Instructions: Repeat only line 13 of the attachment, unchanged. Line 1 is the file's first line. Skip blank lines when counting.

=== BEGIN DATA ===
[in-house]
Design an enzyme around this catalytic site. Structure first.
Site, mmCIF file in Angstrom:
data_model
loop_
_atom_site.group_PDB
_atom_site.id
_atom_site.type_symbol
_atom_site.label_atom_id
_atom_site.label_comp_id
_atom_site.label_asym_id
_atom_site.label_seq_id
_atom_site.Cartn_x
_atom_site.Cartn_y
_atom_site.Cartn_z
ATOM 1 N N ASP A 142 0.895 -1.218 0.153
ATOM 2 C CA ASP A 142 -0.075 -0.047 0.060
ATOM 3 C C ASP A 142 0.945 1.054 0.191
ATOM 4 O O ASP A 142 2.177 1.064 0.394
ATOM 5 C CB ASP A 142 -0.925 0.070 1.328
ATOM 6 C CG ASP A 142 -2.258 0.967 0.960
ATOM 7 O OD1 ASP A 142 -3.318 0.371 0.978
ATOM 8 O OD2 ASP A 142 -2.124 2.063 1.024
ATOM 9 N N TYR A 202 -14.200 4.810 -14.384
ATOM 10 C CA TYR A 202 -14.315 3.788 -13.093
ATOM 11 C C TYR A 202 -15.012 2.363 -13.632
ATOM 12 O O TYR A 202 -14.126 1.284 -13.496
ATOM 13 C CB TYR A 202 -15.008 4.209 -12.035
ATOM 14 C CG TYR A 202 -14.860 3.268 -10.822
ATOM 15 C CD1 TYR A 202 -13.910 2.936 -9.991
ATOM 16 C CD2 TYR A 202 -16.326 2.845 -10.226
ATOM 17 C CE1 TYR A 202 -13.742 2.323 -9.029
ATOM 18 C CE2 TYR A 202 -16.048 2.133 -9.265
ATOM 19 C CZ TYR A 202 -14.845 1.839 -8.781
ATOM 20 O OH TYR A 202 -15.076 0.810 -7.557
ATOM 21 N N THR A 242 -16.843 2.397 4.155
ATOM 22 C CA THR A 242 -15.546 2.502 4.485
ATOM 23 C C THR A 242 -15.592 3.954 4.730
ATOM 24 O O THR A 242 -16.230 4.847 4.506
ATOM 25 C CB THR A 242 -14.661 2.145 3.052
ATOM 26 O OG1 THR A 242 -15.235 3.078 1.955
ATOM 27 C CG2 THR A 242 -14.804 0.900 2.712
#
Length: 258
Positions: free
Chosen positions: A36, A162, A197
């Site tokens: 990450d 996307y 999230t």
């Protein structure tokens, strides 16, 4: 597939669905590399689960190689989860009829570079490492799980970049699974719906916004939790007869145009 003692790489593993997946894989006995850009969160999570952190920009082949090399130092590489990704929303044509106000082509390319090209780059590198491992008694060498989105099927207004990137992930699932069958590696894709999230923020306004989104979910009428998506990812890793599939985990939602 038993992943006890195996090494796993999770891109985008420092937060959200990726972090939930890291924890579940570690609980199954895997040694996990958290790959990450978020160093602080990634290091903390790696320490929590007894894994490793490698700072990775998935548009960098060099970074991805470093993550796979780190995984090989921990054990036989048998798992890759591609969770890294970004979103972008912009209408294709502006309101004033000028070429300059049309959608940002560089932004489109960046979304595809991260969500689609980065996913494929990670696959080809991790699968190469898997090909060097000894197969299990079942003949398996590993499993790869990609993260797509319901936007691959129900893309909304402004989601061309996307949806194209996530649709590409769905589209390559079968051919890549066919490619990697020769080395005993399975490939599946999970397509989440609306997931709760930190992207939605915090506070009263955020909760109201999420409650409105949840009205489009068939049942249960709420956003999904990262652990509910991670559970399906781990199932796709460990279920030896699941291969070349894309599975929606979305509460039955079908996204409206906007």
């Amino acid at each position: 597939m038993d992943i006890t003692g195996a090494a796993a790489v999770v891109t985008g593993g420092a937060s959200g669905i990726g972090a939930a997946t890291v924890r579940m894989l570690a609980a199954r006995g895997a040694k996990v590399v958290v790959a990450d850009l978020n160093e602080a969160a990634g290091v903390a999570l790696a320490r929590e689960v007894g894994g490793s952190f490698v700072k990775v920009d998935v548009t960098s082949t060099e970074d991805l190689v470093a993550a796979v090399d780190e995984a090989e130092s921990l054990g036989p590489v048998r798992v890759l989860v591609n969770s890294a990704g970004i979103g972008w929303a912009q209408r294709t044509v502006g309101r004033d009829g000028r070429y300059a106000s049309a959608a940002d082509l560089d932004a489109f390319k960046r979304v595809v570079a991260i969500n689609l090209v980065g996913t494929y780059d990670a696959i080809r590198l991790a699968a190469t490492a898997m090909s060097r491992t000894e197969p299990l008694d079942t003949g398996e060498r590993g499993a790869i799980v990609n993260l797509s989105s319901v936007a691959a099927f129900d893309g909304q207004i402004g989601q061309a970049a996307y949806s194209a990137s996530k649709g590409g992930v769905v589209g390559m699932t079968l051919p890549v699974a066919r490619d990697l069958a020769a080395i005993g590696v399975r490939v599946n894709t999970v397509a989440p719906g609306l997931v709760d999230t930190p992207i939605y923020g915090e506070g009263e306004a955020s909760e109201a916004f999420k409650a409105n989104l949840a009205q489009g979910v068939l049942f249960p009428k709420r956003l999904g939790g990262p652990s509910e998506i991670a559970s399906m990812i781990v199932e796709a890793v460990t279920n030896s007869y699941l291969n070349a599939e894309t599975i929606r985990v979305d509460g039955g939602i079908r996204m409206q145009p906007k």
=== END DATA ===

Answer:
_atom_site.Cartn_x